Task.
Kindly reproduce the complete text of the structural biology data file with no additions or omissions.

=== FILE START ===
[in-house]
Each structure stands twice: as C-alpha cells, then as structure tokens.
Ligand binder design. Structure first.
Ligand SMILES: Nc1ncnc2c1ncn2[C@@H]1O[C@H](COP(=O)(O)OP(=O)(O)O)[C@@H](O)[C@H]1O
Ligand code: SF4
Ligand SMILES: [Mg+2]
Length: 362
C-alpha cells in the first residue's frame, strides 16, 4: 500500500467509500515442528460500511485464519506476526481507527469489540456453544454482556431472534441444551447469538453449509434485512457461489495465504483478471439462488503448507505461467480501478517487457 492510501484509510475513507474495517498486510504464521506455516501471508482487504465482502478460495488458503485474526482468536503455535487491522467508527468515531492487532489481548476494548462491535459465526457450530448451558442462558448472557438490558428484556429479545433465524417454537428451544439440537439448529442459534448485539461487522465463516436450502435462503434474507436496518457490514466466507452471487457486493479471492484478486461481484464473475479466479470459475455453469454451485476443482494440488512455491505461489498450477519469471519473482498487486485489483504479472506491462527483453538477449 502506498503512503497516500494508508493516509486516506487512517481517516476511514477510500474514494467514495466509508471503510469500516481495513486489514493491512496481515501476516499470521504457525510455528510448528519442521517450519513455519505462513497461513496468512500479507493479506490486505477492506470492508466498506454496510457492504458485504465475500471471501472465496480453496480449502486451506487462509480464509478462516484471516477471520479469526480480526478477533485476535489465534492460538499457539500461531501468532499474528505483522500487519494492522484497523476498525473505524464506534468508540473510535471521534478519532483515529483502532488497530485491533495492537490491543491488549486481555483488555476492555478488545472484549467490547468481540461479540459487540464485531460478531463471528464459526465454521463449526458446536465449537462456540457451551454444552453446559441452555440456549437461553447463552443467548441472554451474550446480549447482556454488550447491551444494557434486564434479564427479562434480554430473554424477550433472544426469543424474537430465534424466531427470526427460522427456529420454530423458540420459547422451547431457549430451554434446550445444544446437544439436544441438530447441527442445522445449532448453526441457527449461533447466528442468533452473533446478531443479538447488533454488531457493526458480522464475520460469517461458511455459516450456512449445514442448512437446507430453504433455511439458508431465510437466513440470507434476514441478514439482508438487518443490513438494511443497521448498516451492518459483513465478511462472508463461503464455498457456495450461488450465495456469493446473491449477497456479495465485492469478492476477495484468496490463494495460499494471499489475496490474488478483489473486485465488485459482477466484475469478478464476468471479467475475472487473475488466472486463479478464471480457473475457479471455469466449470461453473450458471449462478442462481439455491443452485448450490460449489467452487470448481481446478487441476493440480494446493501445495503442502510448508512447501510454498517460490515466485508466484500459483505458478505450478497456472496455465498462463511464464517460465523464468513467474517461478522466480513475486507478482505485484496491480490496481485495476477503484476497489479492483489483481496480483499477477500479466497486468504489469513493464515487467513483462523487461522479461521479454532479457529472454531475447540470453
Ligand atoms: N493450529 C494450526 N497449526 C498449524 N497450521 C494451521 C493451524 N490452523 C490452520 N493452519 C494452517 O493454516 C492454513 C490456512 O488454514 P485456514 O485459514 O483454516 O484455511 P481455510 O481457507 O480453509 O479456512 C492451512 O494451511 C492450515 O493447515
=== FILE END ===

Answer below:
[in-house]
Each structure stands twice: as C-alpha cells, then as structure tokens.
Ligand binder design. Structure first.
Ligand SMILES: Nc1ncnc2c1ncn2[C@@H]1O[C@H](COP(=O)(O)OP(=O)(O)O)[C@@H](O)[C@H]1O
Ligand code: SF4
Ligand SMILES: [Mg+2]
Length: 362
C-alpha cells in the first residue's frame, strides 16, 4: 500500500467509500515442528460500511485464519506476526481507527469489540456453544454482556431472534441444551447469538453449509434485512457461489495465504483478471439462488503448507505461467480501478517487457 492510501484509510475513507474495517498486510504464521506455516501471508482487504465482502478460495488458503485474526482468536503455535487491522467508527468515531492487532489481548476494548462491535459465526457450530448451558442462558448472557438490558428484556429479545433465524417454537428451544439440537439448529442459534448485539461487522465463516436450502435462503434474507436496518457490514466466507452471487457486493479471492484478486461481484464473475479466479470459475455453469454451485476443482494440488512455491505461489498450477519469471519473482498487486485489483504479472506491462527483453538477449 502506498503512503497516500494508508493516509486516506487512517481517516476511514477510500474514494467514495466509508471503510469500516481495513486489514493491512496481515501476516499470521504457525510455528510448528519442521517450519513455519505462513497461513496468512500479507493479506490486505477492506470492508466498506454496510457492504458485504465475500471471501472465496480453496480449502486451506487462509480464509478462516484471516477471520479469526480480526478477533485476535489465534492460538499457539500461531501468532499474528505483522500487519494492522484497523476498525473505524464506534468508540473510535471521534478519532483515529483502532488497530485491533495492537490491543491488549486481555483488555476492555478488545472484549467490547468481540461479540459487540464485531460478531463471528464459526465454521463449526458446536465449537462456540457451551454444552453446559441452555440456549437461553447463552443467548441472554451474550446480549447482556454488550447491551444494557434486564434479564427479562434480554430473554424477550433472544426469543424474537430465534424466531427470526427460522427456529420454530423458540420459547422451547431457549430451554434446550445444544446437544439436544441438530447441527442445522445449532448453526441457527449461533447466528442468533452473533446478531443479538447488533454488531457493526458480522464475520460469517461458511455459516450456512449445514442448512437446507430453504433455511439458508431465510437466513440470507434476514441478514439482508438487518443490513438494511443497521448498516451492518459483513465478511462472508463461503464455498457456495450461488450465495456469493446473491449477497456479495465485492469478492476477495484468496490463494495460499494471499489475496490474488478483489473486485465488485459482477466484475469478478464476468471479467475475472487473475488466472486463479478464471480457473475457479471455469466449470461453473450458471449462478442462481439455491443452485448450490460449489467452487470448481481446478487441476493440480494446493501445495503442502510448508512447501510454498517460490515466485508466484500459483505458478505450478497456472496455465498462463511464464517460465523464468513467474517461478522466480513475486507478482505485484496491480490496481485495476477503484476497489479492483489483481496480483499477477500479466497486468504489469513493464515487467513483462523487461522479461521479454532479457529472454531475447540470453
Ligand atoms: N493450529 C494450526 N497449526 C498449524 N497450521 C494451521 C493451524 N490452523 C490452520 N493452519 C494452517 O493454516 C492454513 C490456512 O488454514 P485456514 O485459514 O483454516 O484455511 P481455510 O481457507 O480453509 O479456512 C492451512 O494451511 C492450515 O493447515